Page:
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DEAL v. PHILADELPHIA CIVIL SERVICE COMMISSION (07/17/61)

July 17, 1961

DEAL
v.
PHILADELPHIA CIVIL SERVICE COMMISSION, APPELLANT.



Appeals, Nos. 117 and 118, Jan. T., 1961, from orders of Court of Common Pleas No. 4 of Philadelphia County, Dec. T., 1959, Nos. 1709 and 1228, in cases of John Deal v. Civil Service Commission of the City of Philadelphia, and Thomas Newman v. Same. Orders reversed; reargument refused September 5, 1961.

COUNSEL

James L. Stern, Deputy City Solicitor, with him Matthew W. Bullock, Jr. and Francis X. O'Brien, Assistant City Solicitors, and David Berger, City Solicitor, for Civil Service Commission, appellant.

William J. Woolston, with him Samuel Tabbey, and Bernard J. Lemisch, for appellees.

Before Jones, C.j., Bell, Musmanno, Jones, Cohen, Bok and Eagen, JJ.

Author: Bok

[ 405 Pa. Page 137]

OPINION BY MR. JUSTICE BOK.

Appellees are both policemen who were dismissed by the Police Commissioner of Philadelphia for conduct unbecoming an officer. They were also variously indicted for conspiracy to extort and extortion, of which charges they were acquitted at their criminal trial. They were then given a hearing by the Civil Service Commission, and no one contends that this hearing lacked due process or that the Commission lacked jurisdiction. The Commission upheld the Police Commissioner and dismissed the officers' appeals. They then appealed to the court below, which reversed the decision of the Civil Service Commission and ordered the men restored to duty with full pay. The City has appealed.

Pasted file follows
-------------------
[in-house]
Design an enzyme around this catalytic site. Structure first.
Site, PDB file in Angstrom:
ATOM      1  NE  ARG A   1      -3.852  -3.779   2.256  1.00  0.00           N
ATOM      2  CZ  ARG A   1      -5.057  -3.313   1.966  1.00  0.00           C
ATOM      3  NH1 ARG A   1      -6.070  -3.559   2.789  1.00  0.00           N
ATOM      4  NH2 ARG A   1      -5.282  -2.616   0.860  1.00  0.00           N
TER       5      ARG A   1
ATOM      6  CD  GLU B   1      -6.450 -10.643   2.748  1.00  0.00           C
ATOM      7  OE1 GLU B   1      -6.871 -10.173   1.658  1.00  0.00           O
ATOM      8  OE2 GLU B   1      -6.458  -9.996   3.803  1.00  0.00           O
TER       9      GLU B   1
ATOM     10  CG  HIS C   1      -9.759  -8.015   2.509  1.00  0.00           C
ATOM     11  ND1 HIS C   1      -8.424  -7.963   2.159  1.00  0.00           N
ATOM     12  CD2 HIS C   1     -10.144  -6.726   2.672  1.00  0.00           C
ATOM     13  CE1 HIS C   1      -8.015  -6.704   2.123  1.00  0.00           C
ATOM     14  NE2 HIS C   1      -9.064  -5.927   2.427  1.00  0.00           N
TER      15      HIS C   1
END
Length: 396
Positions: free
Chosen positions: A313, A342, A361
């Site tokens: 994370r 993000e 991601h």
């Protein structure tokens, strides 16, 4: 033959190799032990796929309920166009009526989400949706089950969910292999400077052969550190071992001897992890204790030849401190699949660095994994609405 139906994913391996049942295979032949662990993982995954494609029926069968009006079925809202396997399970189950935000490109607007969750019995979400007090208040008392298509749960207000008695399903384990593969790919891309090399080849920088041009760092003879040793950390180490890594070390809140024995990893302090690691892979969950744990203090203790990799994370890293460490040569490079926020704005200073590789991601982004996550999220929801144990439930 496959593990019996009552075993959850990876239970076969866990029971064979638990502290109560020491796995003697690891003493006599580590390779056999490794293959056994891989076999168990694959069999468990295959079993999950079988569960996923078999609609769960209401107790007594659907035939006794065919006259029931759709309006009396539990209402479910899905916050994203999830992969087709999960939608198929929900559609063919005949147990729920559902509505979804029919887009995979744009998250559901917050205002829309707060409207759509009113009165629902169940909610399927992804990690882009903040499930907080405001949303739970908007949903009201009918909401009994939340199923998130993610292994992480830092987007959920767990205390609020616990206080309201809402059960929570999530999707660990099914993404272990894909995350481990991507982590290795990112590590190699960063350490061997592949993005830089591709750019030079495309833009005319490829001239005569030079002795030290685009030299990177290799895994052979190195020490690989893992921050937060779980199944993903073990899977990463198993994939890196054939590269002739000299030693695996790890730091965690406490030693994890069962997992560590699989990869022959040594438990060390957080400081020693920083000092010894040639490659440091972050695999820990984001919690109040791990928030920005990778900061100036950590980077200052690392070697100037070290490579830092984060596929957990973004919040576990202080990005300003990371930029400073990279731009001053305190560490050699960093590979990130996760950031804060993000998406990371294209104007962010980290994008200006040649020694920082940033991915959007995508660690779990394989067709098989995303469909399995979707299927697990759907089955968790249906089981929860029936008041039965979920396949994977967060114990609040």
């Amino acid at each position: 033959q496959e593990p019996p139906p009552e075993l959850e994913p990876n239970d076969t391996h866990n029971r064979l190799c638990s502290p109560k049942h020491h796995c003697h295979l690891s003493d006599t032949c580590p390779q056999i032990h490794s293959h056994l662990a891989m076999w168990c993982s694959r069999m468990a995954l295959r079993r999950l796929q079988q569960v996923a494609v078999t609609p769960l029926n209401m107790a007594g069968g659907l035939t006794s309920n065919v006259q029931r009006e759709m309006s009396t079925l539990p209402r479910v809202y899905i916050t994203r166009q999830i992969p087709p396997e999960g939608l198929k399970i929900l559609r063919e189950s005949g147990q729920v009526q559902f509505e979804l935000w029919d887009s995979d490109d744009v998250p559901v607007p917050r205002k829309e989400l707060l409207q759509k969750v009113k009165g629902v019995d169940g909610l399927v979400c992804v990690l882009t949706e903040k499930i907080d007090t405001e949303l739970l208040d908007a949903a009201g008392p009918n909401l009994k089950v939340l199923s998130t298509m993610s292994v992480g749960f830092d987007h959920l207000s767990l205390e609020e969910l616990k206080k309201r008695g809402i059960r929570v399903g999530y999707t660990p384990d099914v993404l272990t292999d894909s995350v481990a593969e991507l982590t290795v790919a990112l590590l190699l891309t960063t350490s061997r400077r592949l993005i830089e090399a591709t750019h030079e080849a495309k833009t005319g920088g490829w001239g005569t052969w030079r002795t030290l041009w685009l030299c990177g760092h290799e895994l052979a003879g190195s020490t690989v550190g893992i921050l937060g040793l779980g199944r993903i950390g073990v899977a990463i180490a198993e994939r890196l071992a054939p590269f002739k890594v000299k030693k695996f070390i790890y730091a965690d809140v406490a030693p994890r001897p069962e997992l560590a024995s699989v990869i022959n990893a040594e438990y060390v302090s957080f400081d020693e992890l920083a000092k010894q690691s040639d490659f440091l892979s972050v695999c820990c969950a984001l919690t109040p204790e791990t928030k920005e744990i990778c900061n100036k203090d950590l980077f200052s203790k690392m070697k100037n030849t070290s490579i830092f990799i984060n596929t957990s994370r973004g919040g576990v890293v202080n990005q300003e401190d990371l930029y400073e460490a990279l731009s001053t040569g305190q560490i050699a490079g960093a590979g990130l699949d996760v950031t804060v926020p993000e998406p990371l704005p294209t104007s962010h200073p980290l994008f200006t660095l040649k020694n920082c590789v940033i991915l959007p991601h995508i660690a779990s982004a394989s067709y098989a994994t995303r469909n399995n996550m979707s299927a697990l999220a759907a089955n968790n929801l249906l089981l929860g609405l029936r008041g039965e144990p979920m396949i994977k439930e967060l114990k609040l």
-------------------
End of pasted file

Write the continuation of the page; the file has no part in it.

We think that the court has confused jurisdictional and procedural requirements with the merits of the case.

[ 405 Pa. Page 138]

Section 7-201 of the Philadelphia Home Rule Charter, concerning the Civil Service Commission, reads: "Findings and decisions of the Commission and any action taken in conformance therewith as a result thereof shall be final and there shall be no further appeal on the merits, but there may be an appeal to the courts on jurisdictional or procedural grounds."

This means that the court below and this court as well are limited to hearing these cases on narrow certiorari: Addison Case, 385 Pa. 48 (1956), 122 A.2d 272; Kaufman Construction Co. v. Holcomb, 357 Pa. 514 (1947), 55 A.2d 534. In the latter case we said: "... where a statute expressly provides that there shall be no appeal the scope of appellate review is limited to the question of jurisdiction and the regularity of the proceedings; the merits of the controversy cannot be considered even though the interpretation given to the facts or the law by the governmental agency or the court below may have been erroneous."

On an appeal under narrow certiorari neither the opinion nor the testimony of the decision on review should be considered: Bell Appeal, 396 Pa. 592 (1959), 152 A.2d 731.

As President Judge KELLER said in Heffernan's Appeal, 121 Pa. Superior Ct. 544 (1936), 184 A. 286, and quoted approvingly by us in Hellertown Borough Referendum Case, 354 Pa. 255 (1946), 47 A.2d 273: "'The test of jurisdiction is whether the court has the power to enter on the inquiry; not whether it can, in the circumstances here present,' grant what is asked for. 15 Corpus Juris, Sec. 35, p. 735 makes this statement: 'Such jurisdiction the court acquires by the act of its creation, and possesses inherently by its constitution; and it is not dependent upon ...


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